Retrospective Review, Volume 7
Henry Southern, Sir Nicholas Harris Nicolas
C. and H. Baldwyn, 1823 - Bibliography
What people are saying - Write a review
We haven't found any reviews in the usual places.
Other editions - View all
Common terms and phrases
affection answer appears arms beauty believe better body brought called carried cast cause character Charité Charles coming common course court dead death desire doubt Duke England eyes face father fear feeling force friends gave Gerund give given ground hand hath head hear heard heart honour hope interest keep kind king lady leave less light live look Lord manner master means mind murder nature never night observed occasion once opinion pass passage person play poor present prince reader reason respect rest seems sent soul speak spirit strange sure taken tell thee thing thou thought tion told took true truth turn whole writers young
Page 403 - As it fell upon a day In the merry month of May, Sitting in a pleasant shade Which a grove of myrtles made, Beasts did leap, and birds did sing, Trees did grow, and plants did spring...
Page 395 - When to the sessions of sweet silent thought I summon up remembrance of things past, I sigh the lack of many a thing I sought, And with old woes new wail my dear time's •waste...
Page 396 - When summer's breath their masked buds discloses : But, for their virtue only is their show, They live unwoo'd and unrespected fade, Die to themselves. Sweet roses do not so ; Of their sweet deaths are sweetest odours made : And so of you, beauteous and lovely youth, When that shall fade, my verse distils your truth.
Page 392 - LAWRENCE, of virtuous father virtuous son, Now that the fields are dank, and ways are mire, Where shall we sometimes meet, and by the fire Help waste a sullen day, what may be won From the hard season gaining? Time will run On smoother, till Favonius reinspire The frozen earth, and clothe in fresh attire The lily and rose, that neither sowed nor spun.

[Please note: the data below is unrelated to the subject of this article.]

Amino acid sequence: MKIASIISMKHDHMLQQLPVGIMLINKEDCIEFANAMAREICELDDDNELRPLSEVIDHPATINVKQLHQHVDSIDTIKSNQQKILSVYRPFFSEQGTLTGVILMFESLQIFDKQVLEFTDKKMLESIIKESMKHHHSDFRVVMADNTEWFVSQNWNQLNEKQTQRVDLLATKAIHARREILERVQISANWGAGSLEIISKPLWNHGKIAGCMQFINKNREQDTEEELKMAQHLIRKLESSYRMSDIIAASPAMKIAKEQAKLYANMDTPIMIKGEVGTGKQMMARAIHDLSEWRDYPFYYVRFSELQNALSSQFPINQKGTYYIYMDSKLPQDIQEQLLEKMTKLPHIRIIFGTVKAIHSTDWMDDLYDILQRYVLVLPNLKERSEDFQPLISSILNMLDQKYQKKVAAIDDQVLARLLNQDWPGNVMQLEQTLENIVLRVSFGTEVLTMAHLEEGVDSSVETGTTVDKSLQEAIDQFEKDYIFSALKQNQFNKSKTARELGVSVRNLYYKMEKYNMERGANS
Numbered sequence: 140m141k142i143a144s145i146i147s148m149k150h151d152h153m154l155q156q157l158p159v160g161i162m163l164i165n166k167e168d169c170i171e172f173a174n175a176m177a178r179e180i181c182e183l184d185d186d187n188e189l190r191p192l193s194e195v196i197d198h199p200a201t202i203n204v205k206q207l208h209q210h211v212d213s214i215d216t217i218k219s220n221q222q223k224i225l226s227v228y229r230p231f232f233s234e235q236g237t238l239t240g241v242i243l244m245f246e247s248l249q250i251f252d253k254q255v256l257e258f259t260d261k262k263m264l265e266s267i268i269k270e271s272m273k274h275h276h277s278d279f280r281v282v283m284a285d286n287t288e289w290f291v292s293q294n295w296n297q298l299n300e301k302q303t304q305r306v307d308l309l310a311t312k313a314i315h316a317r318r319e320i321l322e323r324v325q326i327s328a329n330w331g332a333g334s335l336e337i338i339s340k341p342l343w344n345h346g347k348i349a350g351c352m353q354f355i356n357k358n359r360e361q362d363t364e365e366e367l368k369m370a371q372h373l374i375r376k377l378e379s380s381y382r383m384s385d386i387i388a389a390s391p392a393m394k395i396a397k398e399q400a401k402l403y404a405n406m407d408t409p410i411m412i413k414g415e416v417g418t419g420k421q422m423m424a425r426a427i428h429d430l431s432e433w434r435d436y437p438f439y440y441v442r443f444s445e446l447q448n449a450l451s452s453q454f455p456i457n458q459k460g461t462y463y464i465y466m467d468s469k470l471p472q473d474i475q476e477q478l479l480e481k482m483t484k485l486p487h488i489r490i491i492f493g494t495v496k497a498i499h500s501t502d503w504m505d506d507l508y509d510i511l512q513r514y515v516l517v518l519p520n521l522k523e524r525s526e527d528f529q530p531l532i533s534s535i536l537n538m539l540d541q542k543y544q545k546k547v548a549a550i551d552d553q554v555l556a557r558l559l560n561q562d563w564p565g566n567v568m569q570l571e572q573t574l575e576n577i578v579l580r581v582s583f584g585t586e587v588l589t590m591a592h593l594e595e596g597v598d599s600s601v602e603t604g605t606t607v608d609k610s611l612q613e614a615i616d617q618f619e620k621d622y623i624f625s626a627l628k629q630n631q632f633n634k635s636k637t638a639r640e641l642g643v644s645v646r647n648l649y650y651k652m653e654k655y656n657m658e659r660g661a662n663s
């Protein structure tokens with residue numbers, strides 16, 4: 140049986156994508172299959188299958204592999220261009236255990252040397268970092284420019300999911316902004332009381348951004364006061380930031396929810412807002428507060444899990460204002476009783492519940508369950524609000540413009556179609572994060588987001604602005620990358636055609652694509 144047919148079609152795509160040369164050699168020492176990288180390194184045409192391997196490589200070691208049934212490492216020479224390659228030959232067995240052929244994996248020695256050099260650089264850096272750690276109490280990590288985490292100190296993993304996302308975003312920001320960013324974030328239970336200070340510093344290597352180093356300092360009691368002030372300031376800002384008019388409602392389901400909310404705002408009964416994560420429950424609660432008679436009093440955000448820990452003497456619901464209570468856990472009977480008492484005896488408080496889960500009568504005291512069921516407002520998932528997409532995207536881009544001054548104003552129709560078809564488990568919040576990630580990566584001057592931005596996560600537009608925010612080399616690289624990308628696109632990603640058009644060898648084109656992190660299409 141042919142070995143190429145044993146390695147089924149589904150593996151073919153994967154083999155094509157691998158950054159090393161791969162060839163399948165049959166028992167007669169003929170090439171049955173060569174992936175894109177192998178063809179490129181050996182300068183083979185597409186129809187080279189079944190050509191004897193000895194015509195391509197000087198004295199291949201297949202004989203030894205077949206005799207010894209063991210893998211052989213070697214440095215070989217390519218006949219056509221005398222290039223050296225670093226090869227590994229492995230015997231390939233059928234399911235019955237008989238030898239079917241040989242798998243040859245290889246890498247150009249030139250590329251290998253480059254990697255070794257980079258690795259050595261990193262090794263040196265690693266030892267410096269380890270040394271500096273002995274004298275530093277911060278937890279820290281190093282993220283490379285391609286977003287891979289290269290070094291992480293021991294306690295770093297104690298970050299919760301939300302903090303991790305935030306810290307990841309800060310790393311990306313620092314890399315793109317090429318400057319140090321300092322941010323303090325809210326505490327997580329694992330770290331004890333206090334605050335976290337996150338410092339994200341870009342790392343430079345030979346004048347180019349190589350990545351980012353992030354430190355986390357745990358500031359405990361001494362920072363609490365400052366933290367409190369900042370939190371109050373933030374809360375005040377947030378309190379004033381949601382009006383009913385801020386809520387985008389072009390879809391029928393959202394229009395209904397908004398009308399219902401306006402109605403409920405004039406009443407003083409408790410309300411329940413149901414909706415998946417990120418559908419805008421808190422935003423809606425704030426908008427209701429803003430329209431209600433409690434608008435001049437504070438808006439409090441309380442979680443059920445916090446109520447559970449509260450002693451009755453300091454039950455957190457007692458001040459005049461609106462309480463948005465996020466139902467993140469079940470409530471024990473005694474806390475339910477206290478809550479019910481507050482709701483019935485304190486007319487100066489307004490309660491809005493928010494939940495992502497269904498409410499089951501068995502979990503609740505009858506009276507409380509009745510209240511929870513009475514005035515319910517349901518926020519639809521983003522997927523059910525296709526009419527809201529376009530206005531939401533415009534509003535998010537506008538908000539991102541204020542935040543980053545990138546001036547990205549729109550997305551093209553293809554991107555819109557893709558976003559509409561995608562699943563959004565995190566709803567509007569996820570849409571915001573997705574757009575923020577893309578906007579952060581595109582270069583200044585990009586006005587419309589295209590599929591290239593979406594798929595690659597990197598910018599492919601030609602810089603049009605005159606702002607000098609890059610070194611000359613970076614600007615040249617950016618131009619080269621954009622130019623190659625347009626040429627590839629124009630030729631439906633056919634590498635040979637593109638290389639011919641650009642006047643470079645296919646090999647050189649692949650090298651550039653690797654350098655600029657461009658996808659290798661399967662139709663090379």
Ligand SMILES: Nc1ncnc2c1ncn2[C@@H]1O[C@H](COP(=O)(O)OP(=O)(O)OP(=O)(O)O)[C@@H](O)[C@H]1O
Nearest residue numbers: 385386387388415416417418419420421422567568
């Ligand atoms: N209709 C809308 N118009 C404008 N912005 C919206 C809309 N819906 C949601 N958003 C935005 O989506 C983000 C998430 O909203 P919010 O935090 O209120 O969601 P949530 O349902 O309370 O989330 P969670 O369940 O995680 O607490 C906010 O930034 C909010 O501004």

Page 404 - He that is thy friend indeed, He will help thee in thy need : If thou sorrow, he will weep ; If thou wake, he cannot sleep ; Thus of every grief in heart He with thee doth bear a part. These are certain signs to know Faithful friend from flattering foe.
Page 396 - Kissing with golden face the meadows green, Gilding pale streams with heavenly alchemy; Anon permit the basest clouds to ride With ugly rack on his celestial face, And from the forlorn world his visage hide, Stealing unseen to west with this disgrace: Even so my sun one early morn did shine, With all triumphant splendour on my brow; But out! alack! he was but one hour mine, The region cloud hath mask'd him from me now. Yet him for this my love no whit disdaineth; Suns of the world may stain when...
Page 394 - tis true I have gone here and there And made myself a motley to the view, Gored mine own thoughts, sold cheap what is most dear, Made old offences of affections new.
Page 383 - In limning out a well-proportion'd steed, His art with nature's workmanship at strife, As if the dead the living should exceed ; So did this horse excel a common one In shape, in courage, colour, pace, and bone.
Page 6 - Then said he unto me, Son of man, hast thou seen what the ancients of the house of Israel do in the dark, every man in the chambers of his imagery ? for they say, The Lord seeth us not ; the Lord hath forsaken the earth.
Page 384 - Round-hoof'd, short-jointed, fetlocks shag and long, Broad breast, full eye, small head, and nostril wide, High crest, short ears, straight legs and passing strong, Thin mane, thick tail, broad buttock, tender hide: Look, what a horse should have he did not lack, Save a proud rider on so proud a back.